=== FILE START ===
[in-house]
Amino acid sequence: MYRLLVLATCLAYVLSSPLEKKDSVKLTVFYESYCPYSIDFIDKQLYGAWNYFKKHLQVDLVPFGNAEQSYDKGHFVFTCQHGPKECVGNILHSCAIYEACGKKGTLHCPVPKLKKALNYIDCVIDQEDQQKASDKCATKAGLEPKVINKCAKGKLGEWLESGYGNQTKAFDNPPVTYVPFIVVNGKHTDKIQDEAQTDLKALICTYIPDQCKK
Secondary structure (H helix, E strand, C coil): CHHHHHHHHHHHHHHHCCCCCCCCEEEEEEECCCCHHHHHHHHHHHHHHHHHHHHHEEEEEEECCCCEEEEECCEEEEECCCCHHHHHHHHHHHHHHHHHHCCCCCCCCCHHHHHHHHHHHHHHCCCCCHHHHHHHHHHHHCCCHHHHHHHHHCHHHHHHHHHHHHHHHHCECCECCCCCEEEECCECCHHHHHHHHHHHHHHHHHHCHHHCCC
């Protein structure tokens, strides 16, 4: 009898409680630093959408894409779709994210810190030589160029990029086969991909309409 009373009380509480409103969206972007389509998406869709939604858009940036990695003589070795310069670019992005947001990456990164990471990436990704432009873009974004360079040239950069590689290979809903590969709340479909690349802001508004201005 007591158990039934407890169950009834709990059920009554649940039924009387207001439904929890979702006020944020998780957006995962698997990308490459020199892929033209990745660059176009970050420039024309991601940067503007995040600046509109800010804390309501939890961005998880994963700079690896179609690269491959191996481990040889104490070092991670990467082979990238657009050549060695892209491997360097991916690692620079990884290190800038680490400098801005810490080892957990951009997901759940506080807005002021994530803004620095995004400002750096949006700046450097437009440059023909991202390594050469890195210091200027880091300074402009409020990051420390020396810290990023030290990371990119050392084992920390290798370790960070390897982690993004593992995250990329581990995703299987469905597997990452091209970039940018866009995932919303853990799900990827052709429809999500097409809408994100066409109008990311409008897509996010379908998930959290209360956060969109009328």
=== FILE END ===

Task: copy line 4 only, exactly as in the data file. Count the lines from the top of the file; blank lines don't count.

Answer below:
């Protein structure tokens, strides 16, 4: 009898409680630093959408894409779709994210810190030589160029990029086969991909309409 009373009380509480409103969206972007389509998406869709939604858009940036990695003589070795310069670019992005947001990456990164990471990436990704432009873009974004360079040239950069590689290979809903590969709340479909690349802001508004201005 007591158990039934407890169950009834709990059920009554649940039924009387207001439904929890979702006020944020998780957006995962698997990308490459020199892929033209990745660059176009970050420039024309991601940067503007995040600046509109800010804390309501939890961005998880994963700079690896179609690269491959191996481990040889104490070092991670990467082979990238657009050549060695892209491997360097991916690692620079990884290190800038680490400098801005810490080892957990951009997901759940506080807005002021994530803004620095995004400002750096949006700046450097437009440059023909991202390594050469890195210091200027880091300074402009409020990051420390020396810290990023030290990371990119050392084992920390290798370790960070390897982690993004593992995250990329581990995703299987469905597997990452091209970039940018866009995932919303853990799900990827052709429809999500097409809408994100066409109008990311409008897509996010379908998930959290209360956060969109009328």